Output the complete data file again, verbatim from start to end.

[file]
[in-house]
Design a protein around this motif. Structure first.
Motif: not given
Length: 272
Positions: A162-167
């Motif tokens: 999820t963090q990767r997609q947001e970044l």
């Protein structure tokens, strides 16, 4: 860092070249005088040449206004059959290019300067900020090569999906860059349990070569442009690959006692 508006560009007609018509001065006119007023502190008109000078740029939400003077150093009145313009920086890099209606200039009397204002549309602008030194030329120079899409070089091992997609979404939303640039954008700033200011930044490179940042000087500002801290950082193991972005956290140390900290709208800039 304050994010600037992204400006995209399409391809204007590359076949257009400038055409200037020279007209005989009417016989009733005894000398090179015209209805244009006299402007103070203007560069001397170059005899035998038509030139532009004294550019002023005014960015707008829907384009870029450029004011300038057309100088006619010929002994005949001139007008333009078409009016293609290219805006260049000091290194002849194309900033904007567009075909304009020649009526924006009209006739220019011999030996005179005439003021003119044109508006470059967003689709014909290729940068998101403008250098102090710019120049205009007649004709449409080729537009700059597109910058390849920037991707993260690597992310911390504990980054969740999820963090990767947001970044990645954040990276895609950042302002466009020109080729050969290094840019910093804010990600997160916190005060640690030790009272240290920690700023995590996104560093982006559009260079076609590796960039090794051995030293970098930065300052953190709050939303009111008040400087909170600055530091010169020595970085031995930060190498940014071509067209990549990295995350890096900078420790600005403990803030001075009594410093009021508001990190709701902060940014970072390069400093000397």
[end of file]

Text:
[in-house]
Design a protein around this motif. Structure first.
Motif: not given
Length: 272
Positions: A162-167
């Motif tokens: 999820t963090q990767r997609q947001e970044l």
């Protein structure tokens, strides 16, 4: 860092070249005088040449206004059959290019300067900020090569999906860059349990070569442009690959006692 508006560009007609018509001065006119007023502190008109000078740029939400003077150093009145313009920086890099209606200039009397204002549309602008030194030329120079899409070089091992997609979404939303640039954008700033200011930044490179940042000087500002801290950082193991972005956290140390900290709208800039 304050994010600037992204400006995209399409391809204007590359076949257009400038055409200037020279007209005989009417016989009733005894000398090179015209209805244009006299402007103070203007560069001397170059005899035998038509030139532009004294550019002023005014960015707008829907384009870029450029004011300038057309100088006619010929002994005949001139007008333009078409009016293609290219805006260049000091290194002849194309900033904007567009075909304009020649009526924006009209006739220019011999030996005179005439003021003119044109508006470059967003689709014909290729940068998101403008250098102090710019120049205009007649004709449409080729537009700059597109910058390849920037991707993260690597992310911390504990980054969740999820963090990767947001970044990645954040990276895609950042302002466009020109080729050969290094840019910093804010990600997160916190005060640690030790009272240290920690700023995590996104560093982006559009260079076609590796960039090794051995030293970098930065300052953190709050939303009111008040400087909170600055530091010169020595970085031995930060190498940014071509067209990549990295995350890096900078420790600005403990803030001075009594410093009021508001990190709701902060940014970072390069400093000397």